There has been some talk recently about the British foodservice industry’s return to growth. At NPD, we’ve had a couple of pretty upbeat reports from our elevator story correspondents in Great Britain in the past couple of quarters so there are reasons to be (somewhat) cheerful. But the fact is that British consumers have not bumped up their use of restaurants enough to get the industry on a growth path again. The commercial foodservice market was almost flat, but ever-so-slightly down, for the 12 months ending October 2013.
In fact, our CREST ongoing foodservice market research shows that the industry in Great Britain is still almost 3% smaller than it was in 2008. That weakness is entirely a reflection of ongoing difficulties in the independent foodservice sector. Chains and global chains in particular, have grown pretty consistently in the aftermath of the global economic crisis.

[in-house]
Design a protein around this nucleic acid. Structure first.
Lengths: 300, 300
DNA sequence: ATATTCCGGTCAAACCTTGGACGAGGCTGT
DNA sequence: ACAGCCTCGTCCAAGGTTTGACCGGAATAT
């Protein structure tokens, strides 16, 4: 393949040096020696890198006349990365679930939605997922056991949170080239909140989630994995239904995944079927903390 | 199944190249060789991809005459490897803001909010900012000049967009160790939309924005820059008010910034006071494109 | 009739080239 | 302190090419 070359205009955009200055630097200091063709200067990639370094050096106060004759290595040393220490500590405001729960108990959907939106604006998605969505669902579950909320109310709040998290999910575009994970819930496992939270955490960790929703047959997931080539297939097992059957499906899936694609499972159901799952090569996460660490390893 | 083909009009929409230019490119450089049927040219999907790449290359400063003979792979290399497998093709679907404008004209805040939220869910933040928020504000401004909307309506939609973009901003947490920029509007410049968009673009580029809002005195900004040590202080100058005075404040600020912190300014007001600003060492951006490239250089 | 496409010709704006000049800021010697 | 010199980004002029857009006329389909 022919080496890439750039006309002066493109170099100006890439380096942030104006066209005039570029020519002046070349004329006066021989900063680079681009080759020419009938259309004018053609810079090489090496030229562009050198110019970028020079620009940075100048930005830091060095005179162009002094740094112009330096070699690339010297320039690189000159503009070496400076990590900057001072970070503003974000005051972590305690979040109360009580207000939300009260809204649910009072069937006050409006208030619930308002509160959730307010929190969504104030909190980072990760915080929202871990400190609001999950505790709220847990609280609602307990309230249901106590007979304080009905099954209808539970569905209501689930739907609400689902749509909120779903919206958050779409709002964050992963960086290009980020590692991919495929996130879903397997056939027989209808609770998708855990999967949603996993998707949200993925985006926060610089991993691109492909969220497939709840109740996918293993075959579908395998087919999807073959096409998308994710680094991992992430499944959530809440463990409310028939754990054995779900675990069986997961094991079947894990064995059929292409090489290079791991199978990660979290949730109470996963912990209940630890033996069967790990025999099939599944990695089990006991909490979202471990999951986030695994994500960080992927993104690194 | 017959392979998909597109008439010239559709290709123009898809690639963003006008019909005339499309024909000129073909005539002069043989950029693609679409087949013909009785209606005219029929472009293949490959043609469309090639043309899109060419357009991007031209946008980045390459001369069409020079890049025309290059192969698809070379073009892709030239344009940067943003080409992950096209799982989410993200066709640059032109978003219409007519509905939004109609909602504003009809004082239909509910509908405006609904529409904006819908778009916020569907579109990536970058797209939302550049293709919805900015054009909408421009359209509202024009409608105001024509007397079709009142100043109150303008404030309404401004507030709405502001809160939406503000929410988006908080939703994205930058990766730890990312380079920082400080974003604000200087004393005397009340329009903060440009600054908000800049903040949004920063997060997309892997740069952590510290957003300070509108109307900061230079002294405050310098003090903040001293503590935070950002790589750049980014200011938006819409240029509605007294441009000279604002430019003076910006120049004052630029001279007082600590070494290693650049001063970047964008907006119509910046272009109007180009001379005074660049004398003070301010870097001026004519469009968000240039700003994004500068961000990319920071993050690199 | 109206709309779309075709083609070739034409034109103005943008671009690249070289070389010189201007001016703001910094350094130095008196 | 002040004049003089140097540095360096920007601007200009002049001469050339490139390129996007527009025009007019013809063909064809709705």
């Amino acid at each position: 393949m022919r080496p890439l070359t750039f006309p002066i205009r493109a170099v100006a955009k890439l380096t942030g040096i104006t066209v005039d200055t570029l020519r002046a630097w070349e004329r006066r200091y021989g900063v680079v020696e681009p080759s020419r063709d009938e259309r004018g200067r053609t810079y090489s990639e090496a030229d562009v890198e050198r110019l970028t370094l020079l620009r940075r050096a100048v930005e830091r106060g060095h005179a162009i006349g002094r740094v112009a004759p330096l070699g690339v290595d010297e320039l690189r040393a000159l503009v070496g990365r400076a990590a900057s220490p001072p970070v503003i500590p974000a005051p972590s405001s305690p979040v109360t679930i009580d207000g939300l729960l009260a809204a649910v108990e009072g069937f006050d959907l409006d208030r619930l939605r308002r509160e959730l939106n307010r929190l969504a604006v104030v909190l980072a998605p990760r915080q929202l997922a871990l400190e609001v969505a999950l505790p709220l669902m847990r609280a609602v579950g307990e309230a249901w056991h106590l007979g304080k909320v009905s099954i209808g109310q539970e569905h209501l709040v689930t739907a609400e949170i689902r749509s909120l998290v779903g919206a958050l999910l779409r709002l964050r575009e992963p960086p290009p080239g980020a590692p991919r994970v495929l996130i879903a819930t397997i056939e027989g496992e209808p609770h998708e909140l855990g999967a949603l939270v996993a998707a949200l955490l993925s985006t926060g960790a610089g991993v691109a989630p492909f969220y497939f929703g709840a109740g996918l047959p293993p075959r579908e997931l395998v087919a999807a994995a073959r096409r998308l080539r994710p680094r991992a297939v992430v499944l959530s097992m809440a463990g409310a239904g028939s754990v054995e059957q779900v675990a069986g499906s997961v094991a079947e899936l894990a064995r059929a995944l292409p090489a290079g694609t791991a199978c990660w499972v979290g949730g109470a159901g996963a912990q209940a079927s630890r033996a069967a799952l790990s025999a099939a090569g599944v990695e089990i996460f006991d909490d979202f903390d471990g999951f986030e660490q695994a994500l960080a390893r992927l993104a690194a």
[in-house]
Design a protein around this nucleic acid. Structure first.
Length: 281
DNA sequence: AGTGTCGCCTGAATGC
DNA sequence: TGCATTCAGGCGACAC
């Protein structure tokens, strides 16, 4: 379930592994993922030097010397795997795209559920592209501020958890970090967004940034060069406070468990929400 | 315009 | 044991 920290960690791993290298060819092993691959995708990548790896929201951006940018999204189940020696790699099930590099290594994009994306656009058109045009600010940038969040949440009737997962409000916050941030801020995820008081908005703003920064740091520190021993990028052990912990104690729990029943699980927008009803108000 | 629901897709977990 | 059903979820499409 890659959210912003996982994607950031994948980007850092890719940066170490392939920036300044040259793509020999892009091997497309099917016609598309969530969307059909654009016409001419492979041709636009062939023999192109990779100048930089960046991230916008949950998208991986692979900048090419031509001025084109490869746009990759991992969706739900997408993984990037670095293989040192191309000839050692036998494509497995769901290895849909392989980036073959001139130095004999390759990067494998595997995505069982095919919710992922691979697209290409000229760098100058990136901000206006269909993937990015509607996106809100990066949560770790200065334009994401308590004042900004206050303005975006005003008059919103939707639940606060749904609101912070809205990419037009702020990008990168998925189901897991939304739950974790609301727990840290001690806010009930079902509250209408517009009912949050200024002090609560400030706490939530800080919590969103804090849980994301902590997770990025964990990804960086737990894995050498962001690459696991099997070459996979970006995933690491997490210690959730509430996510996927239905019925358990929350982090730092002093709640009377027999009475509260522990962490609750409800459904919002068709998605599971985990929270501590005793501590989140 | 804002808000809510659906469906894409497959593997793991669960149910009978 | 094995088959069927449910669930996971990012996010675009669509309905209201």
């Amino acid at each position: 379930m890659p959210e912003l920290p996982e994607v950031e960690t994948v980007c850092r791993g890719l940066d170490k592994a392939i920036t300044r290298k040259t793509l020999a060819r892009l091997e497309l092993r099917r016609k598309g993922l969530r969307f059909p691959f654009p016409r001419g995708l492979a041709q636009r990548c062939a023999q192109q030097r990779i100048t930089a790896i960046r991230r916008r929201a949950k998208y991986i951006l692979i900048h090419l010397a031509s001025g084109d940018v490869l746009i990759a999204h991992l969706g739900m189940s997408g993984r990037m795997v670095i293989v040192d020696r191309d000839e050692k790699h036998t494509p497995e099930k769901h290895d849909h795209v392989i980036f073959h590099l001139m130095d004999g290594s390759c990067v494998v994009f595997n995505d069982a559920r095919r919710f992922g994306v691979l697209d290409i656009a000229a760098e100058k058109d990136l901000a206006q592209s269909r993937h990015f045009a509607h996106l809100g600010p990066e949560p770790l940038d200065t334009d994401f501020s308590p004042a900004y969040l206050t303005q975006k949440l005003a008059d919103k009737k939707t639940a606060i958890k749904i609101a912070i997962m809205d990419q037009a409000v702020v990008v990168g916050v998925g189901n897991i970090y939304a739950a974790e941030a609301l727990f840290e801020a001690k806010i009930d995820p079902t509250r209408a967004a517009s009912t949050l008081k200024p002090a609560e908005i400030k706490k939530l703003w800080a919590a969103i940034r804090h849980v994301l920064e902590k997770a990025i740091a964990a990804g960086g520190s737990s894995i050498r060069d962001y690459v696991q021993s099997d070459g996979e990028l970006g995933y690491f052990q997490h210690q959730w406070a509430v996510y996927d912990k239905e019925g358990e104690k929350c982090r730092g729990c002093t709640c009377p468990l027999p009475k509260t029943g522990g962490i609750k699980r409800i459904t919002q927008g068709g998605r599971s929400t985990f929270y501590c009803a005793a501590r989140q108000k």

Consumers were making some sort of commercial restaurant purchase a little more than 150 times per person per year in 2008. That number fell with the crisis and has yet to return to that level.
If we think about the future it seems apparent that the return of economic health and correlated employment will bring growth to the foodservice market. First, they’ll have to build back to their previous rate of use and then, as heavier users age and replace older, less frequent users, the industry will indeed begin to grow. That’s very likely to happen. There’s just a bit of a problem of getting some growth in the first place right now.